Pages

Thursday, February 9, 2017

I don't have any weed

I'm on my way to my grandmother's funeral in Kansas.  I stopped for gas and realized that I must've left my wallet at the last gas station.  Could you spare some money for gas?

We're college students on our way home for the weekend and our car broke down.  Can you help us pay for a tow?

My organization is collecting money for homeless vets.

Do you have nineteen cents?

Got any weed?

I've experienced these requests, and many others, from random strangers in parking lots, sidewalks, etc.  In general, I don't trust them.  Except for that unwashed girl who asked for 19 cents and the guy who asked for weed.  Yeah, they both seemed pretty legit.

Do you give to panhandlers or random "charities"?  If so, do you research the charities, or does dropping cash into a jug with a label taped to it outside of Walmart seem like the right thing to do?

I'm generally suspicious of random solicitors of charities I've never heard of.  I would much sooner give to panhandlers who are, at least, honest about their situations and what they want the money for.



I gave some money to the girl who asked for 19 cents because (a) there was something very honest about her, which (b) made me genuinely care about her well being, and (c) who the heck asks for 19 cents?!  I still wonder about that encounter, sneakingly suspicious that she was a student at the ritzy private college downtown conducting some sort of social experiment.

There are plenty of sanctioned charities around that support homeless vets, disabled vets, abused women, banished teens, sick children, etc.  So I don't bother risking our charitable dollars going to someone like this panhandler who drove away in a Mercedes to her exclusive beach community.

As I read that story, I couldn't help but notice the stylin' hairdo on her poor little homeless kid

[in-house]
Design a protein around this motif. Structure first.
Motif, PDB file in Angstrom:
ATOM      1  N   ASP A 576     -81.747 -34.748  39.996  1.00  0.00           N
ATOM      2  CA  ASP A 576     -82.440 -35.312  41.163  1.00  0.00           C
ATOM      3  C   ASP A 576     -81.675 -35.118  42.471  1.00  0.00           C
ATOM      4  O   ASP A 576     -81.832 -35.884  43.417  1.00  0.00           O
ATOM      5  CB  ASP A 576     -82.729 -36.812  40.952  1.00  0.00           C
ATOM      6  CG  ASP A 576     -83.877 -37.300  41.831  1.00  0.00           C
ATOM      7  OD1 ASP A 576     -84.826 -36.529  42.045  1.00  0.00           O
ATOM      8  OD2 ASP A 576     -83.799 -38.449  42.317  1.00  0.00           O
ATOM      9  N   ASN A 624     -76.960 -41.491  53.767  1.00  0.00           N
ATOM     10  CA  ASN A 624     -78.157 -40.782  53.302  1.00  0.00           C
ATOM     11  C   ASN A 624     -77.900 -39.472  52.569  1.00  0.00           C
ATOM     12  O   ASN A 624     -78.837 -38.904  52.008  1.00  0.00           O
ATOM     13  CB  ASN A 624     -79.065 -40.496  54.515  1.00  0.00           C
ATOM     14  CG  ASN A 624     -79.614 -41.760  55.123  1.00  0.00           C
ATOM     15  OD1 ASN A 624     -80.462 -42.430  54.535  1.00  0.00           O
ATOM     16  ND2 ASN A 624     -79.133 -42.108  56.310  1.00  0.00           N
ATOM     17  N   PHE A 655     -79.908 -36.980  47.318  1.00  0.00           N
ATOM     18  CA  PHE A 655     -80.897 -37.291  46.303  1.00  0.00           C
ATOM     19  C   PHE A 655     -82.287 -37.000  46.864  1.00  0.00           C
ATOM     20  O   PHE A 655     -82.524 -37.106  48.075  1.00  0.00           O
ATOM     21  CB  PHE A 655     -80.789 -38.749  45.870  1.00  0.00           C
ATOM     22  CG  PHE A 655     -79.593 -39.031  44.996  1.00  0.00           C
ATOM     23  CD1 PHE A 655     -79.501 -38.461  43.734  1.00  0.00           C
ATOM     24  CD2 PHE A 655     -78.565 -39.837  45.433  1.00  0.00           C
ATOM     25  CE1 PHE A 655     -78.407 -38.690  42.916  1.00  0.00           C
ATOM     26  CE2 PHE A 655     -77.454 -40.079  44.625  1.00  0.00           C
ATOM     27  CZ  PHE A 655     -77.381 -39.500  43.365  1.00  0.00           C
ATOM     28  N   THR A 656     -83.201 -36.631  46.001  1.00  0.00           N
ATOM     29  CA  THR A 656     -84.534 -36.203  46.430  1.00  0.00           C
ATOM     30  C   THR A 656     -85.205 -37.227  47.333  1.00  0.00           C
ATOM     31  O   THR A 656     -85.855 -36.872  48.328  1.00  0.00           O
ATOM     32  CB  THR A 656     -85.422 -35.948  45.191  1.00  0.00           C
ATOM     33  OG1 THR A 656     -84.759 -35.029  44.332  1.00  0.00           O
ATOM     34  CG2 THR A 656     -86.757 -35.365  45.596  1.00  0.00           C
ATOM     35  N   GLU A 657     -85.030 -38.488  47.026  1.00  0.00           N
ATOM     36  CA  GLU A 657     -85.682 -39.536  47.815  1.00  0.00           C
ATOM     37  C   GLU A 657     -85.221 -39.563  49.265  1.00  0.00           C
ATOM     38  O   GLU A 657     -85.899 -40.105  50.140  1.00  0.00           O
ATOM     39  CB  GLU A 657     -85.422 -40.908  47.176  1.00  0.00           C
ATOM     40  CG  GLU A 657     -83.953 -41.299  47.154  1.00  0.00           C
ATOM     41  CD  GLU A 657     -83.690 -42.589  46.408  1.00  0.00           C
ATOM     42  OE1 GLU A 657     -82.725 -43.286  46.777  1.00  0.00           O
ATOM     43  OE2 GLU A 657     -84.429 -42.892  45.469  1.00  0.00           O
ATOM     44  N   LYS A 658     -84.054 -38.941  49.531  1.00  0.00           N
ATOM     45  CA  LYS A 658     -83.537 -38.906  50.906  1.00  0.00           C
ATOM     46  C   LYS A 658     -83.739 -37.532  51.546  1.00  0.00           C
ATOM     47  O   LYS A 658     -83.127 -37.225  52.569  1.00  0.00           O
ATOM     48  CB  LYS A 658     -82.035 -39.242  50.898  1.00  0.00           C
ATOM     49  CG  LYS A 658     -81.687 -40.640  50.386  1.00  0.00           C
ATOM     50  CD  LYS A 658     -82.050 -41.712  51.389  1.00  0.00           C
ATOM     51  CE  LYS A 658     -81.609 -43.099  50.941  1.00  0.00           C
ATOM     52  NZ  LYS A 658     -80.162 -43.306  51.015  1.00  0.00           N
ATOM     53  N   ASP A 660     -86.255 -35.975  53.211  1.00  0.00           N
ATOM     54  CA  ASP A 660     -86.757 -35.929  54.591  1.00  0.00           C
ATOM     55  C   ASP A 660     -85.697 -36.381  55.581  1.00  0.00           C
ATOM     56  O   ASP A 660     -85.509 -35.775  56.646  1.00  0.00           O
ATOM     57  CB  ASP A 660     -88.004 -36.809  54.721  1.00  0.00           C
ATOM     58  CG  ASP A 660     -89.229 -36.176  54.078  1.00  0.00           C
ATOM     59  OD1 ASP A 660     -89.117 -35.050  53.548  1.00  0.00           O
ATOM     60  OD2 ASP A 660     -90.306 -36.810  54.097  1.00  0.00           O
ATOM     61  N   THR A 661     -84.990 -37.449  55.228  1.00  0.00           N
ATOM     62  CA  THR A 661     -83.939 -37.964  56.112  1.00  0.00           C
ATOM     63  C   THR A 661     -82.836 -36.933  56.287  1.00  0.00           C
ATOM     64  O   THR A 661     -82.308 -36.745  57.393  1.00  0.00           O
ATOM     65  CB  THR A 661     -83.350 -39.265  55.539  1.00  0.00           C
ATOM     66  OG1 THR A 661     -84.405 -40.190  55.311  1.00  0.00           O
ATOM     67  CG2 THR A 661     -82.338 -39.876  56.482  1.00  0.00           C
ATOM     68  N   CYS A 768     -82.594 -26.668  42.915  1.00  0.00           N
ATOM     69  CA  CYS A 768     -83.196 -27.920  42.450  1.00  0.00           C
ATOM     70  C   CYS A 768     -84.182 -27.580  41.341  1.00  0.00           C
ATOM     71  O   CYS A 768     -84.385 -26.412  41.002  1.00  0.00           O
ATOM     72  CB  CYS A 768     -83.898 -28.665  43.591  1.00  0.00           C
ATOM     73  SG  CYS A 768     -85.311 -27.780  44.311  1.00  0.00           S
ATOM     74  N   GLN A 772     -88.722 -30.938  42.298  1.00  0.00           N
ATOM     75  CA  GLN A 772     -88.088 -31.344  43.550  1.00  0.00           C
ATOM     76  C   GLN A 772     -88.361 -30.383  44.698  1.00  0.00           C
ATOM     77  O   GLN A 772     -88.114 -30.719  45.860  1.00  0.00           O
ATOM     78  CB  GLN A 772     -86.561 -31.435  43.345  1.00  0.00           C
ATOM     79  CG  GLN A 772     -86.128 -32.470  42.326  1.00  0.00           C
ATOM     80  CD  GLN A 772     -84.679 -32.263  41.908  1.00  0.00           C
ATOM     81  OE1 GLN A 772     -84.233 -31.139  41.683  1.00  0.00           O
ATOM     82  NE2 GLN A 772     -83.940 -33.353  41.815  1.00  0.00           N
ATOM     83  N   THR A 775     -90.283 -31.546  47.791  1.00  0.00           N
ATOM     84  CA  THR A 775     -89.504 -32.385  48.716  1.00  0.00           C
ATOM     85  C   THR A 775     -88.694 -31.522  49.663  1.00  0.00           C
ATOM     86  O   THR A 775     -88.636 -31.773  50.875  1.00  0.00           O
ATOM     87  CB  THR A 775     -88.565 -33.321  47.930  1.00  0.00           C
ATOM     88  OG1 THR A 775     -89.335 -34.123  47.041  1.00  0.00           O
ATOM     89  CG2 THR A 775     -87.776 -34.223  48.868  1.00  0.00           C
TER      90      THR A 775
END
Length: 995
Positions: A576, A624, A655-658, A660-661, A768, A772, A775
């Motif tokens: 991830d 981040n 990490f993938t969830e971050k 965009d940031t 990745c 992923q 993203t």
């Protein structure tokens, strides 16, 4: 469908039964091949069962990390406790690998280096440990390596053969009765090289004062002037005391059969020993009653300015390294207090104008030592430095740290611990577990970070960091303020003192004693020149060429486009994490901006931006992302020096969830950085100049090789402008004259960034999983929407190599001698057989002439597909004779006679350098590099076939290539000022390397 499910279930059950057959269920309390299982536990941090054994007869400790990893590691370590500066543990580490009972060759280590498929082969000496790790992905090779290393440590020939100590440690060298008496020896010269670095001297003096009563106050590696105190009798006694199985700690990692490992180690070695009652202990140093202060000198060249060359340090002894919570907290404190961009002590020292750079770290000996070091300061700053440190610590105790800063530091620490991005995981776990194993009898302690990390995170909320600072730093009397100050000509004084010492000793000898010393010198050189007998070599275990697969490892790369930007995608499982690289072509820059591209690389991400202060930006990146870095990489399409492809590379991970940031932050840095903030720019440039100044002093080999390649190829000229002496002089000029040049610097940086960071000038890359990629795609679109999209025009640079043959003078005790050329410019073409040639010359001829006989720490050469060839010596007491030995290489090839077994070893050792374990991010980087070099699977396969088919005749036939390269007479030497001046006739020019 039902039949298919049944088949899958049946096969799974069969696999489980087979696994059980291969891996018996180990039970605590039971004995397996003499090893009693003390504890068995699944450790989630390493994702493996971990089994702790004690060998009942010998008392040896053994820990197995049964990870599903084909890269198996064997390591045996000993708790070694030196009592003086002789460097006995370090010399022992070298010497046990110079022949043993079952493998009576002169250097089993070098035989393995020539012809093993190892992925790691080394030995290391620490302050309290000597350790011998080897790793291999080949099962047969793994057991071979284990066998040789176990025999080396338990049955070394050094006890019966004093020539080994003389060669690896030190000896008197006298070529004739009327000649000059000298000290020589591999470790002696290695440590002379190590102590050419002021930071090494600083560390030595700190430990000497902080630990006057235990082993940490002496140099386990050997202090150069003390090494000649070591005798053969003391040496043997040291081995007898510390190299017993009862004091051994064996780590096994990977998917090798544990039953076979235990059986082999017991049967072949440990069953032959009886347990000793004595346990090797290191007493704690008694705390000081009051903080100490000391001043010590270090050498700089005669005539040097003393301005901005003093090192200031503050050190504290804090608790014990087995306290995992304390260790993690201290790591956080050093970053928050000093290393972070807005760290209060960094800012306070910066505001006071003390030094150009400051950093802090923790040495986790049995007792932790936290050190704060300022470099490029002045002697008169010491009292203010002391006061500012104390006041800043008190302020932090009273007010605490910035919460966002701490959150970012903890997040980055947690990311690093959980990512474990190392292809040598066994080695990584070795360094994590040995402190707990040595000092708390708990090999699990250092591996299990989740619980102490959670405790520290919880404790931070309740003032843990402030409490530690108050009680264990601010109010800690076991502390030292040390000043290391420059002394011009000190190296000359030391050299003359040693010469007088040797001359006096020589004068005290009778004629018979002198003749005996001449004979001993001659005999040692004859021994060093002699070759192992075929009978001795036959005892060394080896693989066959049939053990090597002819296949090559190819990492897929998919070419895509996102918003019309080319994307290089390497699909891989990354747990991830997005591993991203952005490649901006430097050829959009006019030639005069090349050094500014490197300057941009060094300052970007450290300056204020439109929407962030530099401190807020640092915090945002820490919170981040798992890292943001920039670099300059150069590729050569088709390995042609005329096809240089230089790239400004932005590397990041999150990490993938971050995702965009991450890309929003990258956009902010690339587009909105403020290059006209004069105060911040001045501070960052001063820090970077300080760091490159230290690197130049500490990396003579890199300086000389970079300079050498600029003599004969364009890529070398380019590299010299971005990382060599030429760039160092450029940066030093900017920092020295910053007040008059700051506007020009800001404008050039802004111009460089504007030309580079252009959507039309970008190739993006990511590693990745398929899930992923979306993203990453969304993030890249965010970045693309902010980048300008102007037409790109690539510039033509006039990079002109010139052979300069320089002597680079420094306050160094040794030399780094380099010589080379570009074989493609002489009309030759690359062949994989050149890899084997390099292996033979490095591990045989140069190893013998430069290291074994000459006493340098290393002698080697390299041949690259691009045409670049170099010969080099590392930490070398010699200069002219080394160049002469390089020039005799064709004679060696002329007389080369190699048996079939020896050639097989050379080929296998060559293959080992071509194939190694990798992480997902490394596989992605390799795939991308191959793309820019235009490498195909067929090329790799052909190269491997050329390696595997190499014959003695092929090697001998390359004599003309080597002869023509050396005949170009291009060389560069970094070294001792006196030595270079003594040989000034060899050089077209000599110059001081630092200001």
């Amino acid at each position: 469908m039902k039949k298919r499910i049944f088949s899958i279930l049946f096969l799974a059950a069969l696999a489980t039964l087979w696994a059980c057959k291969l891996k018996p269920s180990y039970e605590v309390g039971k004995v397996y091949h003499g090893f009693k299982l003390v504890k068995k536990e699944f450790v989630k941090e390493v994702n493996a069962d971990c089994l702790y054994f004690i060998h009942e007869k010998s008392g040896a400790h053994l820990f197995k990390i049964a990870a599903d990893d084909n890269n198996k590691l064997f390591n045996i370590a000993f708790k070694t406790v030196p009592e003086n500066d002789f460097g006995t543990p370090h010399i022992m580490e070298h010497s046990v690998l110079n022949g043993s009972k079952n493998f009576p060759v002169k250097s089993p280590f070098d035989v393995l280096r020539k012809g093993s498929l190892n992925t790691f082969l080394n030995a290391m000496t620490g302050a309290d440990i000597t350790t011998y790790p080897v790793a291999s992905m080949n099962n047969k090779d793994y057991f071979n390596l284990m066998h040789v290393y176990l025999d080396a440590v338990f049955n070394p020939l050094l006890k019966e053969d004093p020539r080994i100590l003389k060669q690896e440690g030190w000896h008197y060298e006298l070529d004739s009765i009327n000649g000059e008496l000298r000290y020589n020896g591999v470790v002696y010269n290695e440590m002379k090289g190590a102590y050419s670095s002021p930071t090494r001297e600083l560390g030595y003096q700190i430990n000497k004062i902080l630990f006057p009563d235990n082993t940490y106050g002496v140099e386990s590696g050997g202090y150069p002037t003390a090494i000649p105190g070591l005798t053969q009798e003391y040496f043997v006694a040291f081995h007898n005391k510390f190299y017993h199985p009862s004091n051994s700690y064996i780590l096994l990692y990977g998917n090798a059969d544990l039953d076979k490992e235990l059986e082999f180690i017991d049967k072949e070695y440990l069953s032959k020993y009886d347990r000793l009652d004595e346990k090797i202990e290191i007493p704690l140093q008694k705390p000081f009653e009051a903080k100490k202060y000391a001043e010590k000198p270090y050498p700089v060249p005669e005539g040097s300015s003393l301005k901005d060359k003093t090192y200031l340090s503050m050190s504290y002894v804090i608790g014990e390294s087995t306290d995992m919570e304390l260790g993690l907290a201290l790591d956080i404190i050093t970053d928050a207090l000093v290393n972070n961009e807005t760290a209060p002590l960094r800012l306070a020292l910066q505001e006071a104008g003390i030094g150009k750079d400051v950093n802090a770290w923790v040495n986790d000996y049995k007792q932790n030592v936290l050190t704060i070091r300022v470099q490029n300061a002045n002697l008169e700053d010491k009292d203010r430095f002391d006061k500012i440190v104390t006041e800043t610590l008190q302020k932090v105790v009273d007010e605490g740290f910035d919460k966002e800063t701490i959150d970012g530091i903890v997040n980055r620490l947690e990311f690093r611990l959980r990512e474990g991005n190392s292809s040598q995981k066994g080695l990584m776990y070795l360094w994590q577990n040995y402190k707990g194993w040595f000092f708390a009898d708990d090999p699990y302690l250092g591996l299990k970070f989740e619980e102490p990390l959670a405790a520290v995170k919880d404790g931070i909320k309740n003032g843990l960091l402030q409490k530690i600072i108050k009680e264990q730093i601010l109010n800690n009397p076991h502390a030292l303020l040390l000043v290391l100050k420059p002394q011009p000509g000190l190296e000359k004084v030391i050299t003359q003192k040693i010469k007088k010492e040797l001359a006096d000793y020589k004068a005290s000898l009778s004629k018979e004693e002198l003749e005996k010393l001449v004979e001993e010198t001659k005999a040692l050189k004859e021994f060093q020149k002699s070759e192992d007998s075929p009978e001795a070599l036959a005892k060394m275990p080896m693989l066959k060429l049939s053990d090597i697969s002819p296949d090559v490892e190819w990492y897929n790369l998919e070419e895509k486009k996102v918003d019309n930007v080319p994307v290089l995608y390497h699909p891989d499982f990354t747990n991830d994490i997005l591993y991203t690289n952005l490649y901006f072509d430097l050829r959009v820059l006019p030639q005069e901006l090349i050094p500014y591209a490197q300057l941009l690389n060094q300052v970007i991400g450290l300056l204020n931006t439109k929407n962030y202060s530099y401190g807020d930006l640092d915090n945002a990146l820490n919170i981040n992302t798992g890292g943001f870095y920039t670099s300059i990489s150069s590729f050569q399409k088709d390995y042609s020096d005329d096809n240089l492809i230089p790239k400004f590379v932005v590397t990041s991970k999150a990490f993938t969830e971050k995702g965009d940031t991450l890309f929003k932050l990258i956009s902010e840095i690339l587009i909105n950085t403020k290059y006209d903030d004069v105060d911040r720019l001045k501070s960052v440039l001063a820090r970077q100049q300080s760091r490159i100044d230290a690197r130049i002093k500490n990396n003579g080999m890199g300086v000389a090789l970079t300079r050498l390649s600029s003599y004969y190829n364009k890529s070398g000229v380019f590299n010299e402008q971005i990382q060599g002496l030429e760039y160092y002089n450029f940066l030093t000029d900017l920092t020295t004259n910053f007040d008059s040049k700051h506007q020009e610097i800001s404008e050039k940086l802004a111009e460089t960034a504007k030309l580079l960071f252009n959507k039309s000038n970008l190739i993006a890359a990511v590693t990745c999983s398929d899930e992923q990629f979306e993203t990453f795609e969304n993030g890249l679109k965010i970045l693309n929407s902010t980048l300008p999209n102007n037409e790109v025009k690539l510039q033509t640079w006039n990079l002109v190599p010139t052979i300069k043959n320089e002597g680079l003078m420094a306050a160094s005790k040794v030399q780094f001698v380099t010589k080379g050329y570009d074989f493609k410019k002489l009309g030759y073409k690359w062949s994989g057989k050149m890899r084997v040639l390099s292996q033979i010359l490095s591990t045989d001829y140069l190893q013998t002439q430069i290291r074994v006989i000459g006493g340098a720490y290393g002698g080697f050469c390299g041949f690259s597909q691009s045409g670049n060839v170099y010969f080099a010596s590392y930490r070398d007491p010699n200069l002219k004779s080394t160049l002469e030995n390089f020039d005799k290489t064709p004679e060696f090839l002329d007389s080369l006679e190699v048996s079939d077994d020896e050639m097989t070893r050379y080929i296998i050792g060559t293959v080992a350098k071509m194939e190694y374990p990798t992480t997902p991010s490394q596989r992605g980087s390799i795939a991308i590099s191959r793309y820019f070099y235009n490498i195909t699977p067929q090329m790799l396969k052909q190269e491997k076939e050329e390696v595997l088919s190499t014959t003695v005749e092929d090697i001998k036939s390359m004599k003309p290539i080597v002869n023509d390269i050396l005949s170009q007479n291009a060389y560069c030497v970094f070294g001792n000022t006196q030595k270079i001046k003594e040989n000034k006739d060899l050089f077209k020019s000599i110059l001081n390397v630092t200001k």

I'm thinking about these things because Meego's collecting money for a haircut that won't be all that stylin'.  It's "Bald 4 Bucks" time at the high school.

This has grown into quite a large annual event with several teachers and students getting their heads shaved and raising tens of thousands of dollars for the Leukemia and Lymphoma Society.  Participants carry around donation collection cans for about a month, and then hand over the proceeds for a quick sit in the barber chair.

Some may recall that Wolfgang went baldo 4 or 5 years ago at that year's event.


In fact, Meego didn't even make his own collection can.  He just asked if I knew where Wolfgang's was, and I directed him to the box that I threw a buncha junk lovingly placed cherished mementos into during the recent painting of the bedroom.

I mean, he didn't even put his own name on it.  It still has Wolfgang's...


Despite this glaring lack of originality, the can has been filling up more each day.  I wondered about him carrying this can-o-money around school everyday, but he assures me that it's all part of the process.  Okay, fine.  But I gave to the online donation page.

I trust it.

--------------------------------------------------------------------------------------------------------------------------


Linking up again with Mama Kat for the prompt:
4. Write a blog post inspired by the word: trust


16 comments:

LL Cool Joe said...

I always feel that you have got to be pretty desperate to beg for money. If you've got it would you be begging on streets corners? I dunno. I see quite a few guys in AZ standing on crutches by the side of the traffic lights and often people do roll down their windows and give them money. I'd rather give mine to an organised charity.

John Holton said...

When I was in college, there was a guy who would stand outside the train station and ask people for twelve cents. Maybe he figured most people wouldn't have the two pennies and give him a nickel and a dime.

I'm all for giving money to guys who look like they're down on their luck. I used to travel to Los Angeles and stay in Santa Monica, where they have a lot of homeless guys. One night one of them asked if I had a cigarette as I was headed to 7-Eleven. I bought the guy a pack and gave them to him. Another night there were about five guys hanging around and one came up and asked for money so he and his friends could get something to eat. I felt to give them ten bucks, and they were really grateful for it, and were still saying "Thank you sir! God bless you!" when I was a block away. New York, on the other hand, I'm a little less generous, because I get the sense they're not as hard up for money as they try to come off.

As for charities, I'm a little more cautious and check them out.

Anonymous said...

I lived in a city where it was pretty common to be approached for change. I gave it if I had it. Yeah, maybe they spent it on alcohol and maybe not. My hope was in some small way I made their day better.